Part 1 of this series was an overview of the Department of Defense (DoD) Risk Management Framework (RMF). In Part 2, we looked at how process consultants may find within the RMF opportunities to positively influence the security practices of their clients. In this final entry in the series, I provide an example from my work of a client that was falling short of the requirements for a specific control, and how I approached the matter.
The control in question was AC-6, least privilege. The basic premise behind this control is that accounts, especially privileged accounts, are assigned permissions/rights on systems sufficient to accomplish their duties and no more. Frequently accounts receive these permissions/rights through membership in groups which in turn have been assigned the appropriate level of access to systems.
When I met with the client initially, they described to me a situation with privileged groups (and thus accounts) that was unmanageable. Hundreds and hundreds of privileged groups existed, and the organization had no way of knowing which ones were actively being used nor what levels of permissions had been assigned to the groups on which systems. Admins that had moved within the organization often retained the membership in groups from their previous role as well as receiving new privileges from their new role, resulting in cumulative privileged access of an undetermined nature. The result was great uncertainty among risk managers – a feeling of unease – and, likely, a state of system security that was somewhat less than desirable.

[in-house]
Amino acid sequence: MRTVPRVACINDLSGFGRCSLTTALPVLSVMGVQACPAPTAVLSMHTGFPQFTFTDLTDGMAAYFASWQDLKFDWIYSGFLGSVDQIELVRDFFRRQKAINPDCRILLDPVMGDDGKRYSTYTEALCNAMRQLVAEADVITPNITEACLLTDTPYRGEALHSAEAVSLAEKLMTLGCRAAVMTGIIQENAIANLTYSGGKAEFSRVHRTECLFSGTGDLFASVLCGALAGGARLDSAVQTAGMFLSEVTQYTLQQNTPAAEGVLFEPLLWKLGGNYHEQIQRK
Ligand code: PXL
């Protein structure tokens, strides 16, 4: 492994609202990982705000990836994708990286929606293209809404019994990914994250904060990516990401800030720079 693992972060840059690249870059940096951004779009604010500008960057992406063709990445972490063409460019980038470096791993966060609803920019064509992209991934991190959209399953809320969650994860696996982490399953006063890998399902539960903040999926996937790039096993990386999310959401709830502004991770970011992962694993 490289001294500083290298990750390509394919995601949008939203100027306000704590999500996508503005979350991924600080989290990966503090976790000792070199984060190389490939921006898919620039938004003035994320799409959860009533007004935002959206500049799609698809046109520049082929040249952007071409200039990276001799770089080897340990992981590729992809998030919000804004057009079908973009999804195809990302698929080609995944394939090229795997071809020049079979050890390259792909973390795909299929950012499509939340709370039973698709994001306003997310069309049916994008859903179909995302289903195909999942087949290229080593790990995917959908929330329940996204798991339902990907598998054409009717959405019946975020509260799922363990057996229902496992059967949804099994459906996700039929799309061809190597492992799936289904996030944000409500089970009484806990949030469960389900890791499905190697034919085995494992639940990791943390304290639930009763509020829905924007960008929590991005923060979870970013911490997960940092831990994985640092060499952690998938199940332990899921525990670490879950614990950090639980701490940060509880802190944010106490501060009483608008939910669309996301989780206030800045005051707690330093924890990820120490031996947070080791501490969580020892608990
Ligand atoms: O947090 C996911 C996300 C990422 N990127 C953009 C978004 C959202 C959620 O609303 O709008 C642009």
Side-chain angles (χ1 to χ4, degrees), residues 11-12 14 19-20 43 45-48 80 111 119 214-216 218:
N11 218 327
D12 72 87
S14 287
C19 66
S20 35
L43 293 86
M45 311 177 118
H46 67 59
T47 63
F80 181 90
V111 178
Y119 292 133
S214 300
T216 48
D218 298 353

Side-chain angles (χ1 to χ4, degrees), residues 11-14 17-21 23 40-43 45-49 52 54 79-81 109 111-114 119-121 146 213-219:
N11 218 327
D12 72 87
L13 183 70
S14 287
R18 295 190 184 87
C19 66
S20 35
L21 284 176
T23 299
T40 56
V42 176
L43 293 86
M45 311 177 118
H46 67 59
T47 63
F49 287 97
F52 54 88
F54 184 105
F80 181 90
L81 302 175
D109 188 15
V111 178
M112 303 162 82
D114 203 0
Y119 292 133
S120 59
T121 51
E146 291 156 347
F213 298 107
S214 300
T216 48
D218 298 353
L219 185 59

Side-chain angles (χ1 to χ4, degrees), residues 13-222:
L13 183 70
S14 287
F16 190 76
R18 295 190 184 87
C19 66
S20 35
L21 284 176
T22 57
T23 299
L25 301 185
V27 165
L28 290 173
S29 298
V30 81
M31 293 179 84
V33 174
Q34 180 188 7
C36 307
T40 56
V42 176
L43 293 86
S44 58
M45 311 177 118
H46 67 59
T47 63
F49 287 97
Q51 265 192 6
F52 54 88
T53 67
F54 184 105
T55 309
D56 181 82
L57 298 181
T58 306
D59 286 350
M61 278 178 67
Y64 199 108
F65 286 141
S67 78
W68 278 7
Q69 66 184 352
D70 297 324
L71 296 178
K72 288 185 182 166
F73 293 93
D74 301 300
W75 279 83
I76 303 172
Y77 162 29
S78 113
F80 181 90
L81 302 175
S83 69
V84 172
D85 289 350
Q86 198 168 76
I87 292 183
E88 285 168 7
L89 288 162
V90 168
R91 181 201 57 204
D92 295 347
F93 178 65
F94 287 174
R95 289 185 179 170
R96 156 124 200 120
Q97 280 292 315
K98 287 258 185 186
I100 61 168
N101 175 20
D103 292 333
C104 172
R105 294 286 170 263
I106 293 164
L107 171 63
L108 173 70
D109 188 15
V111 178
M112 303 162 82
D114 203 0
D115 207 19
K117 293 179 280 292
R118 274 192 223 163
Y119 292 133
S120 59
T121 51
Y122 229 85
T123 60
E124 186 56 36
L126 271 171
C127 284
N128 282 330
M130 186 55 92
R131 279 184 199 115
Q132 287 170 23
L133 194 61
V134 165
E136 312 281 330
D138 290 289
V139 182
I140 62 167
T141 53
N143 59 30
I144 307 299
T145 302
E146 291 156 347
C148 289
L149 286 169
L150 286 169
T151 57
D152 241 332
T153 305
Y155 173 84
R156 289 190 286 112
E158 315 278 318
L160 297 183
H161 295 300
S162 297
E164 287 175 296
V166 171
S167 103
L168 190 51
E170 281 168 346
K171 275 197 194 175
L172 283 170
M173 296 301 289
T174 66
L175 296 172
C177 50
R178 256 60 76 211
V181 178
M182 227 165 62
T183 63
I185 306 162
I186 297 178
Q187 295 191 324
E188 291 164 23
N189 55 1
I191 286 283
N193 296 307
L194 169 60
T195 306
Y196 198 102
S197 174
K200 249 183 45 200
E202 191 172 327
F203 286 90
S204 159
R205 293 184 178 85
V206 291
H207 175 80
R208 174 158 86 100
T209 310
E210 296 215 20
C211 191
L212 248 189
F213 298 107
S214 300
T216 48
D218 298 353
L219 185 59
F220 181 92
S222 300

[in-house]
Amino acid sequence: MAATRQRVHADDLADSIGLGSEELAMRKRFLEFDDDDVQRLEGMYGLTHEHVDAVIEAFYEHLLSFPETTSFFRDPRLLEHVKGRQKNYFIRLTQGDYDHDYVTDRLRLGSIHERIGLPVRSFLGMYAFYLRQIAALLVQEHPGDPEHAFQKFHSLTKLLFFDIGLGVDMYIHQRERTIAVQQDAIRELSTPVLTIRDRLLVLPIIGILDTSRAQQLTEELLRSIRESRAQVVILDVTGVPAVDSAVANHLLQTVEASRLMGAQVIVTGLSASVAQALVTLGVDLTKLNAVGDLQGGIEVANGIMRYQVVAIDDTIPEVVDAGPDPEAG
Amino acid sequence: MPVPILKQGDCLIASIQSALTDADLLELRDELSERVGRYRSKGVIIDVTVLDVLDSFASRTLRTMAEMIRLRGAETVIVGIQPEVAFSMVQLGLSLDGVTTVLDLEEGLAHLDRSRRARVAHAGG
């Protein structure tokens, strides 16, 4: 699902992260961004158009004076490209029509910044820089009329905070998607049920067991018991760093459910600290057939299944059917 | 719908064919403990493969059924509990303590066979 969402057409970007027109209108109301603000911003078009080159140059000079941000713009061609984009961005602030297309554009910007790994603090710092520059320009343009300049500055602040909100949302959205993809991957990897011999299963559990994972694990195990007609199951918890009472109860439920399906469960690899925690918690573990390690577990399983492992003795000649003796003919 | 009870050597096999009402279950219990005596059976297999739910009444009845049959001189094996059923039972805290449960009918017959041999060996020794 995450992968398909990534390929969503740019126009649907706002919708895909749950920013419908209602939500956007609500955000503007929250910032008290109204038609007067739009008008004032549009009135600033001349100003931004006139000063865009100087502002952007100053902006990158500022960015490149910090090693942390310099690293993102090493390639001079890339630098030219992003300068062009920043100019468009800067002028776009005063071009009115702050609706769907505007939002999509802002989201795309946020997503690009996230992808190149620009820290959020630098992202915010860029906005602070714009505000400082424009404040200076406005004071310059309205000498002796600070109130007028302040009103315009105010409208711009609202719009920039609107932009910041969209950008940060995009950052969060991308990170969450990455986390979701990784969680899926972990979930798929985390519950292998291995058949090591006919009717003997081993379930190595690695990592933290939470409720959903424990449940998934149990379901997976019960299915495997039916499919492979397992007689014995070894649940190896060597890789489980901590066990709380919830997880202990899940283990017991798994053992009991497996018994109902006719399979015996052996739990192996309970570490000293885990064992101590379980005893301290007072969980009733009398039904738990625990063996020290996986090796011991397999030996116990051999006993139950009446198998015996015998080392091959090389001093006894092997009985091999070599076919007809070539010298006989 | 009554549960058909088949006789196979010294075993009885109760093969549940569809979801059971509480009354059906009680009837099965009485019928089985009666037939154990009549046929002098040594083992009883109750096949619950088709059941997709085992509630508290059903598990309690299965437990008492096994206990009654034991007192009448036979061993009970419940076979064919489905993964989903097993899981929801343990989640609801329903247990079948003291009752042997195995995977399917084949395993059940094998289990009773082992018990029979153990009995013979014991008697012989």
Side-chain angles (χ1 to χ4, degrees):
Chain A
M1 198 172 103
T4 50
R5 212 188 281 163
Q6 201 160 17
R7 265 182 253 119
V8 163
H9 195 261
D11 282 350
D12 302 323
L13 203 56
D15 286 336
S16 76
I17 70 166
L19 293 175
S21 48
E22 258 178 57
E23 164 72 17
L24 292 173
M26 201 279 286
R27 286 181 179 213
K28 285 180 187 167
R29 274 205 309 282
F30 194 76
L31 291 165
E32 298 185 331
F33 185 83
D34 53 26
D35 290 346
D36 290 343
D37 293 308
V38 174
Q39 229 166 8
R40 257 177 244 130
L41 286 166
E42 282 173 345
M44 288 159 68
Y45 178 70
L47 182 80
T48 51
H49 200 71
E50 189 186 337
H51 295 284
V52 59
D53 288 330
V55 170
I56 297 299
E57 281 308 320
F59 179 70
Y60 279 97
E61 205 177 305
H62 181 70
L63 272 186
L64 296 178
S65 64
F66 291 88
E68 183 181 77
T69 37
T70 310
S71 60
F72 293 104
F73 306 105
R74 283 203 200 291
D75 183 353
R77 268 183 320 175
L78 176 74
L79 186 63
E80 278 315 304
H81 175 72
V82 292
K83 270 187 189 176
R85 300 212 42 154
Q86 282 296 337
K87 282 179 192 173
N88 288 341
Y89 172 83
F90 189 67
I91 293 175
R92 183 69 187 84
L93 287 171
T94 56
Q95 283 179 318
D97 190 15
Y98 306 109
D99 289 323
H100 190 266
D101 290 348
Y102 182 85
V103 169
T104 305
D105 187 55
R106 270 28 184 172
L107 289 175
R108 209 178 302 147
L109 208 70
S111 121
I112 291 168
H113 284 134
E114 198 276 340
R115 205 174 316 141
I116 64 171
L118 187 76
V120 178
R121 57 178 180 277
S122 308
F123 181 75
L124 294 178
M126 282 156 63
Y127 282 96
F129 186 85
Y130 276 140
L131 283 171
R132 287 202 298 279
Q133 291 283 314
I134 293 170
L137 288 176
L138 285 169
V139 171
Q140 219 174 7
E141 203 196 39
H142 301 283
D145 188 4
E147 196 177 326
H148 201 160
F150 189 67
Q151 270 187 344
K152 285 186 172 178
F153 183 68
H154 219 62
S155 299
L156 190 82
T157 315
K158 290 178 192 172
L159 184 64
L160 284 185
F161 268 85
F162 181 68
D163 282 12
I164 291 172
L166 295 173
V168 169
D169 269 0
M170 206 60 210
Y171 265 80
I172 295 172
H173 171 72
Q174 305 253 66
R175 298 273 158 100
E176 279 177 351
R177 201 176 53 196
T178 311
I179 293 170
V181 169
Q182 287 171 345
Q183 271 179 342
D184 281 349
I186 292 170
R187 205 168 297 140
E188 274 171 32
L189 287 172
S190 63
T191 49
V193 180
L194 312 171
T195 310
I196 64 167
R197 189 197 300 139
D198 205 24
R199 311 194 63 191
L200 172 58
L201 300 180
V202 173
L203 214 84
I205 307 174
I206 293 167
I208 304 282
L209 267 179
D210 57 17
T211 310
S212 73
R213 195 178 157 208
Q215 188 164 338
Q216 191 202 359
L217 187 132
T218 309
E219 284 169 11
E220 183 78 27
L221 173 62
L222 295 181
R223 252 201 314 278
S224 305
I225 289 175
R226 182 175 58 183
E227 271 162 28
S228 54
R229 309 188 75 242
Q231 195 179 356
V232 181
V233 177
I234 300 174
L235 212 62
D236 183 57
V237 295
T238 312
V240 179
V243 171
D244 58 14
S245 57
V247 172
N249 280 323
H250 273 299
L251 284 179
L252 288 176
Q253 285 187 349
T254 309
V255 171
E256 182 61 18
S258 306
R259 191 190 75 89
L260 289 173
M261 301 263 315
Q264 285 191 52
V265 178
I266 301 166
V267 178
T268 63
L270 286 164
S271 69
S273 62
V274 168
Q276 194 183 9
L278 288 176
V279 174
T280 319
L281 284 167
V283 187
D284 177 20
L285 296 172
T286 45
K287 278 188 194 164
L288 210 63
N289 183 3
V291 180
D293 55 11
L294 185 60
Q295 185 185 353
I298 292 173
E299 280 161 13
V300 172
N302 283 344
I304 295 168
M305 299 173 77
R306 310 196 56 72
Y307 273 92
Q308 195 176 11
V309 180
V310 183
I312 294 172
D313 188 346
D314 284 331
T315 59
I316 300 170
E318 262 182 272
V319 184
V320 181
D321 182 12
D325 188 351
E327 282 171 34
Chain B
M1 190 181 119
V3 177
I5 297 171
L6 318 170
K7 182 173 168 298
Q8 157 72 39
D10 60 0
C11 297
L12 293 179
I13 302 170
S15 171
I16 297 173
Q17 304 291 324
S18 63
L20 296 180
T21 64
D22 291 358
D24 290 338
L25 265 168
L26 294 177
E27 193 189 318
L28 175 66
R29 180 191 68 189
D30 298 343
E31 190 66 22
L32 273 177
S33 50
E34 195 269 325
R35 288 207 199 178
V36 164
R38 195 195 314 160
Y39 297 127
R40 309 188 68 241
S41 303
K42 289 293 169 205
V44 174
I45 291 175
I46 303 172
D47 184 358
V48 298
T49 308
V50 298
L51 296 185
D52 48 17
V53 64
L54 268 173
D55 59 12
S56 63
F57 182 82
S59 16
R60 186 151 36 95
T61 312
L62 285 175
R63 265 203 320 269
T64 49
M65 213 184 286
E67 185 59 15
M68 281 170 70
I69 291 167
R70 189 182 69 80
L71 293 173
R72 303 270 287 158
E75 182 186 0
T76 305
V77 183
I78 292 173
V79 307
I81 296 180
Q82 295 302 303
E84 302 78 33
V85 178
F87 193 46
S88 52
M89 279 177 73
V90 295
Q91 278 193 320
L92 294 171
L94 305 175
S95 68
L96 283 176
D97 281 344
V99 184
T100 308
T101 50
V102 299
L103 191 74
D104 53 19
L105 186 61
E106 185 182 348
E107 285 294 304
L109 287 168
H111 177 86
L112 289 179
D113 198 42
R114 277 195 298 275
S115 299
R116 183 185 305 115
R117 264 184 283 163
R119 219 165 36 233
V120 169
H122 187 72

The initial ask of this client was to find out which of the groups were needed and which were not. But even this would not address the issue of control AC-6, for there was no documentation to confirm that the groups in question possessed only the rights they needed and no more. A cursory examination of database instances showed excessive system privileges for database admins, and it was easy to believe that this sort of thing may be found elsewhere.
If the task were only to take measure of which groups were needed, it would be a relatively simple (though time consuming) task to interview every technical team in the organization to determine what groups they used to grant access to the systems they managed, then compare the list of groups generated to the list in directory services, delete the delta, and see who screamed.
I pitched and received permission to do something ambitious – to provide a more permanent solution. The task was great, and involved an enormous number of interviews and information gathering, review of findings, the definition of privileged roles for every team in the IT structure, implementation of new privileged groups to be assigned to those roles, a new privileged group management process (along with the corresponding forms and approval flows), and a tool to enforce policy and process discipline. This represented a significant effort but would result in a complete reversal of the situation – total faith that there existed only the privileged groups that should exist, that those groups were assigned only the access they needed and no more, and that admins would no longer accumulate permissions over time.